"Keep, ancient lands, your storied pomp!" cries she / With silent lips. "Give me your tired, your poor, / Your huddled masses yearning to breathe free, / The wretched refuse of your teeming shore. / Send these, the homeless, tempest-tost to me, / I lift my lamp beside the golden door!"
To get around A Place to Study well, imagine an actual place, one that's large and complex, like the city we love, one with a populace dedicated to the free growth of mind. We live, we think and act, in a world comprising actualities, near and far. We can recognize the digital commons as an emerging virtual actuality within the world in which we live, understanding virtual in its root Latin meaning, "with functional excellence or power." People catch on to programs in the virtual world, their world of functional excellence or power, when they see something mimic usefully the way things work in their physical world.
For instance, Facebook tied itself to a pretty superficial, real-world analog, "a directory containing photographs and biographical details of students (esp. incoming freshman) at a university or college, published at the start of the academic year to facilitate contact between students" (OED). The concept of a facebook immediately suggests to people how they should use the program, connecting names with faces and building little networks of mutual interest and admiration. It has worked; people immediately see a use for it in their lifeworld, but the superficiality of that use has imposed limitations on Facebook that have become increasingly dysfunctional for both persons and the public as the program commands more and more attention.
For Wikipedia, the real-world analog has worked in culturally more constructive ways. Most people basically know on first encounter how to work with Wikipedia, for we have sufficient prior experience with encyclopedias and other alphabetical materials to know what we need to do to search for the information we seek. With Wikipedia, we are like foals who seem to know almost at birth how to stand up and walk. This immediate transparency in how to use it undoubtedly contributed to the rapidity and reach with which Wikipedia caught on.
With A Place to Study, the real-world analog is less intuitive and more complex. At first, visitors to A Place to Study will think that it is another instance of an encyclopedic type program, after all, it runs on MediaWiki, the public domain program designed and developed for Wikipedia and its sister projects. And indeed, at times searching by keyword on A Place to Study will work, for visitors can access much on it in that way. But A Place to Study does not serve primarily as a means of retrieving information about a range of named topics. With A Place to Study we need to ask consciously, what serves as a real-world analog to it, to a place where persons can work with cultural resources in extended, open-ended efforts to advance their self-formation and liberal learning?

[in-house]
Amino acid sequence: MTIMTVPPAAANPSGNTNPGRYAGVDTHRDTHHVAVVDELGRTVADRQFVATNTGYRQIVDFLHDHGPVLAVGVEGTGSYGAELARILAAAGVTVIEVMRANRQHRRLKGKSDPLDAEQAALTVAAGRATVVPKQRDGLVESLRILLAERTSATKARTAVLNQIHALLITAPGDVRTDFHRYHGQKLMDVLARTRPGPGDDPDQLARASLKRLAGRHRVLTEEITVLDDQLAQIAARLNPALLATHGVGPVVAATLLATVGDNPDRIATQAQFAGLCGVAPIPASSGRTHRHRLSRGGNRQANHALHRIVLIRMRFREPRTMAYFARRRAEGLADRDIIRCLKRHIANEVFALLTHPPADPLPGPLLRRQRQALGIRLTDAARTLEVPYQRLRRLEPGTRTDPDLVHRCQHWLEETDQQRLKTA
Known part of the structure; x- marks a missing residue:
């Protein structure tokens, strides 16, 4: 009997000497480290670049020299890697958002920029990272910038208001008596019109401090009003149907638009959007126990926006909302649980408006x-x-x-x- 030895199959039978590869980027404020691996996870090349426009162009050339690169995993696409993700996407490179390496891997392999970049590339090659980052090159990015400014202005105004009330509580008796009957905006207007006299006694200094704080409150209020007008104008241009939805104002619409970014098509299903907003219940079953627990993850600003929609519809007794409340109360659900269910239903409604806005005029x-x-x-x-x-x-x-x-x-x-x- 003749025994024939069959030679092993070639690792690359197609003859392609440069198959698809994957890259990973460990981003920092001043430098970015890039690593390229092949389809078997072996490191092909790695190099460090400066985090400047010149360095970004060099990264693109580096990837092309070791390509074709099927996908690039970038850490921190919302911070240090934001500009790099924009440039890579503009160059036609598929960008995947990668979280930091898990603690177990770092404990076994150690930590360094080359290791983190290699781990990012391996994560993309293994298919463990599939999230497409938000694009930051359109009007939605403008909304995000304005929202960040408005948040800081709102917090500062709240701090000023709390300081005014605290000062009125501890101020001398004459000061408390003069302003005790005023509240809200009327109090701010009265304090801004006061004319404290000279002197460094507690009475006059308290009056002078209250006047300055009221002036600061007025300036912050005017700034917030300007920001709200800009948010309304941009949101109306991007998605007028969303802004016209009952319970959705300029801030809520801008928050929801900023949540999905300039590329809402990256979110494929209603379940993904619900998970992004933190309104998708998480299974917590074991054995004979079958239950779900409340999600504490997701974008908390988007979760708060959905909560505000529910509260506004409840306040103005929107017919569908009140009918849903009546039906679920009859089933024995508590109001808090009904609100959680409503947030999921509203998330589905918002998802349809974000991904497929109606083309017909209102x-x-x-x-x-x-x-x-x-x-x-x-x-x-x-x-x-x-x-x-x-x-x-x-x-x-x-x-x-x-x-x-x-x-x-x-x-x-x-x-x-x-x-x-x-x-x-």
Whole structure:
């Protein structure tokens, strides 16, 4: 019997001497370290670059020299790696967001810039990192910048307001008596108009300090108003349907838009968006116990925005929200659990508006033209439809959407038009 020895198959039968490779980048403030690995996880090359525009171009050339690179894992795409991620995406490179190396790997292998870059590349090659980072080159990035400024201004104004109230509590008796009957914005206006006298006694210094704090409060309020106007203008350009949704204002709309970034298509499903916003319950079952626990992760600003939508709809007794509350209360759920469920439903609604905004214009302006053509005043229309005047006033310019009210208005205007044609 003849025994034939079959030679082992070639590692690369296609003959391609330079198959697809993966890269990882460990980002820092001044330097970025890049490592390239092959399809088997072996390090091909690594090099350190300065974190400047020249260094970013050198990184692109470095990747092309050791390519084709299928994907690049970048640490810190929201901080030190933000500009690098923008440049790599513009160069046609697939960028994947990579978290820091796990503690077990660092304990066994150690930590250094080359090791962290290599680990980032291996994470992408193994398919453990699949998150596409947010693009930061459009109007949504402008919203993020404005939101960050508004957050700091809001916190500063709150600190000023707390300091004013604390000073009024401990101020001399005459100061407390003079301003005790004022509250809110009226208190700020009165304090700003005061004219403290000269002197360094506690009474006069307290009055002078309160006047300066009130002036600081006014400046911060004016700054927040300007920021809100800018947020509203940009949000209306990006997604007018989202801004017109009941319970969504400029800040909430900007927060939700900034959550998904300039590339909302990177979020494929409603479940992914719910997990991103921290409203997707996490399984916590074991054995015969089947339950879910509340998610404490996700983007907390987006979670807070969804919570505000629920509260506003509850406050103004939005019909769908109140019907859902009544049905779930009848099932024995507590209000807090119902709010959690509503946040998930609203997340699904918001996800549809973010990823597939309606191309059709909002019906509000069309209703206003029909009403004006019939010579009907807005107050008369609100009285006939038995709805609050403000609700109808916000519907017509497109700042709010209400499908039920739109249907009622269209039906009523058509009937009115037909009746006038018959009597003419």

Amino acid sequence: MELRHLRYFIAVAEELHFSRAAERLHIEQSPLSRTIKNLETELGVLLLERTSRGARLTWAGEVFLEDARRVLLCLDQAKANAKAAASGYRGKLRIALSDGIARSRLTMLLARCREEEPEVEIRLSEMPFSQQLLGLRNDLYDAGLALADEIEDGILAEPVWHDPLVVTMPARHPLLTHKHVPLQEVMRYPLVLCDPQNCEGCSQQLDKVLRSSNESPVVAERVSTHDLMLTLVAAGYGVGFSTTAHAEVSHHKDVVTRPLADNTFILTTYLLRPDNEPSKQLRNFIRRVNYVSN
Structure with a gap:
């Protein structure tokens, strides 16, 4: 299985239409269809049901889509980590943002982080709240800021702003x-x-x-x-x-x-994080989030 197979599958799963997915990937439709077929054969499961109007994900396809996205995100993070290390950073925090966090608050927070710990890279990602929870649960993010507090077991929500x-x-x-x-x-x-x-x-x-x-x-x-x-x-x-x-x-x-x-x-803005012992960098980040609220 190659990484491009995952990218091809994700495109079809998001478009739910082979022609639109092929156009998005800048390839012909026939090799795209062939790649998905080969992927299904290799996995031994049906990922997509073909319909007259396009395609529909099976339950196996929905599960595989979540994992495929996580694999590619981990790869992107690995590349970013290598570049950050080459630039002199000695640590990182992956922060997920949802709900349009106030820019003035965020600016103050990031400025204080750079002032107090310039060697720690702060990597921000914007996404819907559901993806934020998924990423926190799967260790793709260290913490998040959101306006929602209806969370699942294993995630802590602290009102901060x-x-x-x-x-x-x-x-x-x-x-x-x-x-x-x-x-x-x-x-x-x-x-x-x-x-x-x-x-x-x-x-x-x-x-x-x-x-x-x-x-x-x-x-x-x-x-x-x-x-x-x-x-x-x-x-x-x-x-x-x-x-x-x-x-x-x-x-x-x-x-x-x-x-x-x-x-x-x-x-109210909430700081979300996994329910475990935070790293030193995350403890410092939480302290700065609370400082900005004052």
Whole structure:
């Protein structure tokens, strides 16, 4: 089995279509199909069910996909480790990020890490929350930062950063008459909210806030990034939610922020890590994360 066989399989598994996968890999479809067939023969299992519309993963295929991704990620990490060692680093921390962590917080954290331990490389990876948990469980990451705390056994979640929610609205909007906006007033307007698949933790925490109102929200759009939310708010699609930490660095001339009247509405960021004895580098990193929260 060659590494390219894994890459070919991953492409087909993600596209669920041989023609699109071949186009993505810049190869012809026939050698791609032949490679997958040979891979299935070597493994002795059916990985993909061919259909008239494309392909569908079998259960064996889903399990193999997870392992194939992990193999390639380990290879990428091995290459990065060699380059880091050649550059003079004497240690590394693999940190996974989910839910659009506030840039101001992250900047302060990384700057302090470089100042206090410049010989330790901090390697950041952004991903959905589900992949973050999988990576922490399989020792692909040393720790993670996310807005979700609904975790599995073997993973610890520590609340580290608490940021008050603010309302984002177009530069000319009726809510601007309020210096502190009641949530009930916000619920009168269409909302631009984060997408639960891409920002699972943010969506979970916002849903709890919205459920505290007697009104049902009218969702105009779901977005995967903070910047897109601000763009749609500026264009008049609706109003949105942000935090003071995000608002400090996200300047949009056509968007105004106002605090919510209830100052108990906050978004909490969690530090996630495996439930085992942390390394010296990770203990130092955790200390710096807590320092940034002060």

We might liken it to a university, which is similar in the scope of cultural resources and the depth with which people engage with them. But A Place to Study does not have the functional features characterizing universities — no formal programs leading to degrees, no admissions requirements, neither "the faculty" nor "the student body." The websites of colleges and universities all look and work more or less alike and they do not look and work at all like A Place to Study. What then?
We can leave that question open, as we do with many questions here. However, we loosely take the city, urban life, as the analog to the material world that helps organize A Place to Study. An old medieval phrase — "Stadtluft macht frei nach Jahr und Tag," city air makes one free after a year and a day" — suggests two things about A Place to Study. First that a prolonged engagement our urban way of study may have something to do with our actualizing our autonomy, and second, that it won't happen overnight. Let's now step out of the past towards the future: globalization spreads Stadtluft, city air, everywhere as cities 'round the world look and work alike and as digital communications ensnare everyone, everywhere, in reliance on urban resources to conduct themselves in an urban style of life.
- Concluding lines from "The New Colossus" by Emma Lazarus, inscribed on the Statue of Liberty in New York harbor.
- The medieval phrase referred to customary law, according to which a serf from the countryside who managed to live for a year and a day as a free person in a free city, one independent of the prevailing feudal regimes, would be considered free of any prior obligations as a serf. Let's hypothesize that behind the legal formality there was a formative aspect: the lord of the manor knew that recovering a serf who had grown accustomed to autonomous life in the city would no longer be suitably servile and more trouble than his labor would be worth.